Utah Jazz

Time for Sixers to turn the tables on opponents with pick-and-roll

Time for Sixers to turn the tables on opponents with pick-and-roll

The pick-and-roll is one of the simplest plays in basketball.

Generally, a big man will set a screen for the ball handler. The big will roll to the basket and the ball handler will assess their options.

As simplistic as it may be, it’s incredibly hard to guard — as the Sixers have demonstrated over the last couple of seasons. It also helps when both players running it are exceptionally skilled.

Perhaps it’s about time the Sixers flip the script and force other teams to guard them in that action.

In a 106-104 loss to the Jazz in Utah Wednesday night (see observations), they were victimized yet again by it. Donovan Mitchell hit his first four shots with a couple coming out of it. Mike Conley, who killed the Sixers last year while with the Grizzlies, also gave them some problems. Same goes for Bojan Bogdanovic, another player that’s given them fits in the past.

Raul Neto, who was thrust into action when Ben Simmons had to leave the game with a shoulder injury, acquitted himself well against his former team. He did help mitigate a little of the damage Mitchell and the Jazz were doing, but by the time the Sixers tightened things up, it was too little too late.

"I think it's all details,” Neto said to reporters postgame. “Some mistakes on our coverage with our defense. They're a great team — they've got great shooters and I think little mistakes, you pay for them. It's the beginning of the season — we've gotta get better, gotta get our communication on a better level. I think that's going to be huge for us."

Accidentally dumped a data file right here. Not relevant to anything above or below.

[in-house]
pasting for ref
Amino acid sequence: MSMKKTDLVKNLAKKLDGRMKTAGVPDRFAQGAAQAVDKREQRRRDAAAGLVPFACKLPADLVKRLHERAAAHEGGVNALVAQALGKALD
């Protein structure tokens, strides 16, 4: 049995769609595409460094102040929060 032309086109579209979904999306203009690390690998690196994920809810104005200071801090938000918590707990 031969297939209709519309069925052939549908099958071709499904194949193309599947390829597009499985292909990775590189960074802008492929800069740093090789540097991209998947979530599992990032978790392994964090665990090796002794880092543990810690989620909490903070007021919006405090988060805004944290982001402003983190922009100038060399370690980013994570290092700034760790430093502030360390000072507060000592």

To be fair, the Sixers are defending the pick-and-roll much better than they have in seasons past.

Part of that is new assistant coach Ime Udoka, who came over from the Spurs this offseason. Udoka serves as Brett Brown’s “defensive coordinator.” The team appears more willing to switch up coverages and make in-game adjustments so far this season.

The other part is personnel. Replacing JJ Redick with Josh Richardson defensively is a massive upgrade. Richardson is long, athletic and excels at “rearview” contests. 

Richardson felt that the Sixers could’ve been a little more aggressive and put the Jazz’s skilled players in tougher situations.